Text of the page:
Thursday, August 12, 2010

2011 Fiat 500

Know About the 2011 Fiat 500

Consumer Guide’s Impressions of the 2011 Fiat 500
It’s the Italian Mini Cooper: Retro-cute, fun-to-drive small, and super-stingy with gas. What We Know About the 2011 Fiat 500

Remember Fiat? Remember the joke about Fiat meaning “Fix It Again, Tony”? That was the American rap on these cars: Mechanical maladies, early rust, poor resale value, and mediocre service from a rag-tag dealer body. This dramatic comeback is widely credited to Sergio Marchionne, the Italian-Canadian turnaround specialist who took over in 2004 as CEO of Fiat Auto Group, the vehicle division of the Fiat SpA combine. More recently, Fiat formed a global strategic alliance with Chrysler. Future product plans have yet to be finalized, but early reports say Fiat products and platforms will play a significant part in future Chrysler offerings

There are some interesting parallels between the British-sourced Mini and the expected U.S.-market 2011 Fiat 500. First, both were designed by Frank Stephenson, who joined Fiat after creating the 2002 Mini. (He subsequently moved to head of styling for the Alfa Romeo division, but recently left Fiat’s employ.) The wagon may be a reprisal of the classic Fiat 500 Giardinetta; think Mini Cooper Clubman with an Italian accent. As a 2-door hatchback, which will surely be the mainstay seller, the 2011 Fiat 500 is about 5 inches shorter, over an inch slimmer, and 3.2 inches taller than the equivalent Mini Cooper. Both cars have front-wheel drive, pert retro styling, and seating for four. But where the Mini is built on a purpose-designed platform, the" fiat 500" shares underpinnings with Fiat’s entry-level Panda. Fiat will offer one; perhaps a weight- and fuel-saving automated-manual gearbox.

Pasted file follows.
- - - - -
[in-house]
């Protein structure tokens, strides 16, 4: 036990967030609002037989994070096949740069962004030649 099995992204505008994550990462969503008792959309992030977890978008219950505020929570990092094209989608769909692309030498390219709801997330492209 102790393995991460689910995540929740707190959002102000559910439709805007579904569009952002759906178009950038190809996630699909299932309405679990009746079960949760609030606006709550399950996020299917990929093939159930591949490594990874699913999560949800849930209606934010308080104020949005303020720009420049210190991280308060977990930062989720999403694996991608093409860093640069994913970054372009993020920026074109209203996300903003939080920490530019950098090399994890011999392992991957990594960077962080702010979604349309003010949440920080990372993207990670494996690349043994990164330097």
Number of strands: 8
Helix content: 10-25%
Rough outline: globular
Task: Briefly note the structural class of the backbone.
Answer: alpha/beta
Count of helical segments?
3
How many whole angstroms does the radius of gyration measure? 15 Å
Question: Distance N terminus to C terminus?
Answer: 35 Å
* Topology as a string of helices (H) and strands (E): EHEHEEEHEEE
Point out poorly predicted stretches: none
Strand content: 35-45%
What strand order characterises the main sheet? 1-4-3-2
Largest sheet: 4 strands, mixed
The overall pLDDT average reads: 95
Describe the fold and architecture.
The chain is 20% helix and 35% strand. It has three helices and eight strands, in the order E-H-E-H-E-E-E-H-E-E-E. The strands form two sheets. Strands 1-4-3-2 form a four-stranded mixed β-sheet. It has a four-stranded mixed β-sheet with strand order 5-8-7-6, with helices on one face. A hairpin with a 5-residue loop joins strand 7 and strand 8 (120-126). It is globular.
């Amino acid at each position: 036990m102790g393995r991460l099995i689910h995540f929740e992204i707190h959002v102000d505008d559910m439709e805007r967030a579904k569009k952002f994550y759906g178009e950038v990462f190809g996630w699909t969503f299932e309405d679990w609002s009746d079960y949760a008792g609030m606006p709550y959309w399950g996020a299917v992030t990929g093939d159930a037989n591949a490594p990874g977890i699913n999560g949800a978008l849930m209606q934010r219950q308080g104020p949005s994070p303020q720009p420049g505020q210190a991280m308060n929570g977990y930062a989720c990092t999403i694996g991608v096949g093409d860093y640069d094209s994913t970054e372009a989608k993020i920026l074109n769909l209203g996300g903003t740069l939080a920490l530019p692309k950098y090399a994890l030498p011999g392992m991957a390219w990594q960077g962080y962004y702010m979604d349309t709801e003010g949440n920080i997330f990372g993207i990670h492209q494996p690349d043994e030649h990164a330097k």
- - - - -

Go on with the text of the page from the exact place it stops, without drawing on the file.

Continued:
Today, Peter fills his time writing songs about global warming, which is rather wearisome, but back in 1969 he wrote the definitive guide on how life should be led if Mammon were suddenly to vomit untold riches into your bank account. Aha-haha”.

Similarly, if you were to buy a bolt hole in Paris, as somewhere to keep your old Rolling Stones records, you might go for an apartment on the rue Saint-Honoré. Pah. Nonsense. You should go, as Peter suggests, with “the others of the jet set” to St Moritz.
One chap introduced me to his companion and I’d nearly died of old age by the time he’d finished. God knows where the locals buy a box of Winalot or some bog roll.

Of course, you can buy a watch. Nope. I like this car very much but in St Moritz it was wrong as well. The new Fiat 500. Really cheap. It’s well priced as well.

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